The presidents have also reaffirmed the power to unilaterally withdraw from agreements between Congress and the executive branch, but there is a scientific debate about the extent to which the Constitution allows the president to act in such circumstances without legislative approval. Some scholars claim that the president has the power, unilaterally withdrawing from the executive agreements of Congress, although he is not allowed to end the domestic effects of a law implementing laws.194 But others argue that Congress must approve the end of executive agreements that confer exclusive powers on Congress, such as power over international trade. , and which have obtained congressional approval after being concluded by the executive branch.195 Although this debate is still developing.195 Although this debate is still developing. , the president`s unilateral end to the executive agreements of Congress has not been the subject of much litigation, and previous studies have concluded that such a denunciation has not generated much opposition from the legislature.196 See z.B. Garamendi, 539 U.S. at 415 (debate on the “executive agreements for the settlement of the rights of U.S. nationals against foreign governments” of the year 179); Act of February 20, 1792, No. 26, 1 Stat. 239 (law passed by the Second Congress for the approval of post-linked executive agreements). Congressional efforts to curb the practice of executive agreements and stem the tide of unilateralism have been largely unsuccessful.
The first and most important effort came in 1951, when Senator John Bricker proposed a constitutional amendment to limit the use and impact of executive agreements and treaties within the United States. Bricker Amendment supporters, including the leaders of the American Bar Association, found virtue in the proposal for a variety of reasons. Some, as Alexander DeConde explained, “have become angry at executive agreements like Yalta`s” and have tried to reduce the president`s unilateralism on foreign policy. Others feared the impact of treaties such as the United Nations Charter, the Genocide Convention and the United Nations draft peace on human rights within the United States. Still others supported them as a useful “isolationist” response to “the internationalism of Franklin Roosevelt and Harry Truman. President Dwight D. Eisenhower rejected the amendment on the grounds that it would obstruct the presidency`s conduct of foreign policy. In a letter to his brother Edgar, a lawyer who supported the resolution, Eisenhower said it would “paralyze the executive to the point of disempowering us in world politics.” The Eisenhower administration was well aware that most Republicans accepted the proposal and that its opposition was therefore carefully measured.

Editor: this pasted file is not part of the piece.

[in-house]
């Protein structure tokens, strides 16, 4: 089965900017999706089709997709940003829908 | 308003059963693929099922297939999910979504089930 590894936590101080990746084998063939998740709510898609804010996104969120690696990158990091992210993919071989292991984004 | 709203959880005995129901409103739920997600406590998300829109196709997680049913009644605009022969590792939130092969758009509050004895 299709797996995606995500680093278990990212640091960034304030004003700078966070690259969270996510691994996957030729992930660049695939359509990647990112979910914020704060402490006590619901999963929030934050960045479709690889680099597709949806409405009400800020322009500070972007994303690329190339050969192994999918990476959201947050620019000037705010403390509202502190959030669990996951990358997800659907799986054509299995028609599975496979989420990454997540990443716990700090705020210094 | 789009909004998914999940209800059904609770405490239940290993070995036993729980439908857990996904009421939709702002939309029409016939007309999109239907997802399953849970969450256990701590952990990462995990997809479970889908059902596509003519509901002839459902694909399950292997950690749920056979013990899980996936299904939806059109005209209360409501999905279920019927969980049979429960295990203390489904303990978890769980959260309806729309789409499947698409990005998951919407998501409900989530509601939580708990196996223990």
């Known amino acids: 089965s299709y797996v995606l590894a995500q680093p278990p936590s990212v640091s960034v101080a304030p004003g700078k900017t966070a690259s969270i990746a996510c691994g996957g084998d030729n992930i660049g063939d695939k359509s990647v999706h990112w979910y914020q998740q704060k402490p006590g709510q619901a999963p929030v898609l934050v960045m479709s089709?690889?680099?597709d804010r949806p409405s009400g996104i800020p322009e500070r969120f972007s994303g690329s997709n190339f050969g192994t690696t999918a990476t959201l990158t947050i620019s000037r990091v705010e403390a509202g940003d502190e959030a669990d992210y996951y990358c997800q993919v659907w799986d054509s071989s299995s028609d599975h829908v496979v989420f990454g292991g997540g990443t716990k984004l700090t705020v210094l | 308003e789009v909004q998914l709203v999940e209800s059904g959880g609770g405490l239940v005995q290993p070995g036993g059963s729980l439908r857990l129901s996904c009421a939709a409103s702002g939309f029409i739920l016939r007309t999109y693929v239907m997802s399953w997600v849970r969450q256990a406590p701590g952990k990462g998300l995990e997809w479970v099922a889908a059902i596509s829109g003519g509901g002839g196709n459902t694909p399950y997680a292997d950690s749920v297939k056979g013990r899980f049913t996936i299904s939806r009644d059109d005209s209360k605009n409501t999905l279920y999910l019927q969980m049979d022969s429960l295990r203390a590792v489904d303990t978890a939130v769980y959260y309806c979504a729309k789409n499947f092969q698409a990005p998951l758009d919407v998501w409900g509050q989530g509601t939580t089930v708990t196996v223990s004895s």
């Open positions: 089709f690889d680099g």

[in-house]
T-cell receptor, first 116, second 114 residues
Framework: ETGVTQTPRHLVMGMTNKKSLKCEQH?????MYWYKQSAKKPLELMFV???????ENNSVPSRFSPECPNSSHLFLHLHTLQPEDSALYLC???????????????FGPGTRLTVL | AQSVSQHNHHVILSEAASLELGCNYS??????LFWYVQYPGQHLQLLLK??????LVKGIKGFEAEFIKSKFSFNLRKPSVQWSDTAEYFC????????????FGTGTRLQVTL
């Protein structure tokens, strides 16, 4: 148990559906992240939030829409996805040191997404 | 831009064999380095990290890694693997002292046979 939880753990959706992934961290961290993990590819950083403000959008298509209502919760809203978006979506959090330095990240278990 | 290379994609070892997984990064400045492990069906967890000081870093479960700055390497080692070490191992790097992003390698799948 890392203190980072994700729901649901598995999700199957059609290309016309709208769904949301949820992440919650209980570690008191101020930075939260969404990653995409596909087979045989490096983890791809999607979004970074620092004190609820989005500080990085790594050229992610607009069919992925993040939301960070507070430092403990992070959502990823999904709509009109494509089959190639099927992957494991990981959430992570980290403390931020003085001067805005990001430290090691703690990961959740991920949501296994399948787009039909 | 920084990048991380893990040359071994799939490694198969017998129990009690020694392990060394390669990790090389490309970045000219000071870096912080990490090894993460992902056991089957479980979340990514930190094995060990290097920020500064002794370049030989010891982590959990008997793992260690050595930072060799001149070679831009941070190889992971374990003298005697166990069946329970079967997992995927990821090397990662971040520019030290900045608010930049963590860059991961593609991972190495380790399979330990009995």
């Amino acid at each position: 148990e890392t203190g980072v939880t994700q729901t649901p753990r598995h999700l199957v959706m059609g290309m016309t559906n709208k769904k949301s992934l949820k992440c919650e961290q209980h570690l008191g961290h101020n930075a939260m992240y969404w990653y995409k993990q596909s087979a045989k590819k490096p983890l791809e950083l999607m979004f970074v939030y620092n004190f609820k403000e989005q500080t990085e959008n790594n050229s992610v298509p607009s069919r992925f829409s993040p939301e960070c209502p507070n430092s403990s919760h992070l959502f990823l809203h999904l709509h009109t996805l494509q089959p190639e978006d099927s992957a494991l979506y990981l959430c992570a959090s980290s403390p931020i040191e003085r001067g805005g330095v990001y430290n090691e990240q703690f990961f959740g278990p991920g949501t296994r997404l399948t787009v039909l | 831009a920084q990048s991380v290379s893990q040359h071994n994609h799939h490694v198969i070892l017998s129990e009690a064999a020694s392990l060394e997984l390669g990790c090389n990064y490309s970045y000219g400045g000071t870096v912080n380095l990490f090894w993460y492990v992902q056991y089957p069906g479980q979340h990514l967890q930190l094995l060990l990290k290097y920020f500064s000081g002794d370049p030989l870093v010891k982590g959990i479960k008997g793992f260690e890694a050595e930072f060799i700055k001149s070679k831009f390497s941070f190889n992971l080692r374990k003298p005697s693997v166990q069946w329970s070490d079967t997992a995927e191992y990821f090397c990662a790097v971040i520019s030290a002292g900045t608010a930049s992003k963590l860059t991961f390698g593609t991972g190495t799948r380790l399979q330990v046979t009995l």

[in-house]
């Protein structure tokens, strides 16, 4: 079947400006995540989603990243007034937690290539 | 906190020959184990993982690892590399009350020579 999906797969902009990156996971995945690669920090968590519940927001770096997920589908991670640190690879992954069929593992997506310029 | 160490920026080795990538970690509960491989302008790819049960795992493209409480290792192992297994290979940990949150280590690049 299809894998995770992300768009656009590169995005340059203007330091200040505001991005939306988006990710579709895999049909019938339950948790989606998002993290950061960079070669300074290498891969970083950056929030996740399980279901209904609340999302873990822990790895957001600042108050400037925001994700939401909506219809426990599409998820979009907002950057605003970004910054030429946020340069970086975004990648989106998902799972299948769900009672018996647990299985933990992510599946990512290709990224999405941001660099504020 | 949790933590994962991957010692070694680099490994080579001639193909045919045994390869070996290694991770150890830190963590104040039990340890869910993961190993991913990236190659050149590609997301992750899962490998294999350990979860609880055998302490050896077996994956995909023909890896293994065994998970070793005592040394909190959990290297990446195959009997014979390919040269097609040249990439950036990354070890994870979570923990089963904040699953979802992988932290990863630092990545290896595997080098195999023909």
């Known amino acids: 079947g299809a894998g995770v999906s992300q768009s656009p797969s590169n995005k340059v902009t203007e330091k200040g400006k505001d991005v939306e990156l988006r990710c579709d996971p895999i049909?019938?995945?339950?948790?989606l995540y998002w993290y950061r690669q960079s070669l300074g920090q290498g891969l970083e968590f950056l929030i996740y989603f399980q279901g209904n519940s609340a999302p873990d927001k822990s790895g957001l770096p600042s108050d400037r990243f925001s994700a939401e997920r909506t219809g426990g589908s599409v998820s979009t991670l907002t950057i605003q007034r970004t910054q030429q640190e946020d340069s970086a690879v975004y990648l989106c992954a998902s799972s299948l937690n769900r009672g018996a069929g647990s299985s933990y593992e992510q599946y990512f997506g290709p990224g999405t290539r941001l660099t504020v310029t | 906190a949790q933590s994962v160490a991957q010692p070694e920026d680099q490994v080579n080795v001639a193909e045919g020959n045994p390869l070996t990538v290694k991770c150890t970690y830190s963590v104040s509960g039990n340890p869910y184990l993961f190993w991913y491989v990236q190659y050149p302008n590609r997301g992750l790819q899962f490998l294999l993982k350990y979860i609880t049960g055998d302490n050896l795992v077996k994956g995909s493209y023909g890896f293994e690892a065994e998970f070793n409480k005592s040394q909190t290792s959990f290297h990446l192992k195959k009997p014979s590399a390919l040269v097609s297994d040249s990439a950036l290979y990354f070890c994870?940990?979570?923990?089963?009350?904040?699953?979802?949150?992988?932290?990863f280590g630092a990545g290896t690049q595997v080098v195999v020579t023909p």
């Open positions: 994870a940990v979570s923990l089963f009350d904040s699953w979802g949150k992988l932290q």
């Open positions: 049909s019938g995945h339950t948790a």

After failing to reach a compromise with Bricker troops, Eisenhower sought the support of Democrats in the Senate. Georgian Senator Walter George introduced his own amendment, which confirmed the constitutional supremacy over treaties and executive agreements. In a key passage that reflected widespread opposition to the widespread use of unilateral executive agreements, De George`s proposal would have necessitate the implementation of legislation on executive agreements (but not for treaties) in the United States. The Eisenhower administration was strongly committed to defeating the Bricker and George proposals, in part because the councillors believed they would remove important prerogatives from the president and transfer foreign affairs authority from the executive to the legislature. The Bricker Amendment was defeated by 50 votes to 42 in the Senate on February 25, 1954. But George`s amendment did better; it was only one vote below the two-thirds required for probate.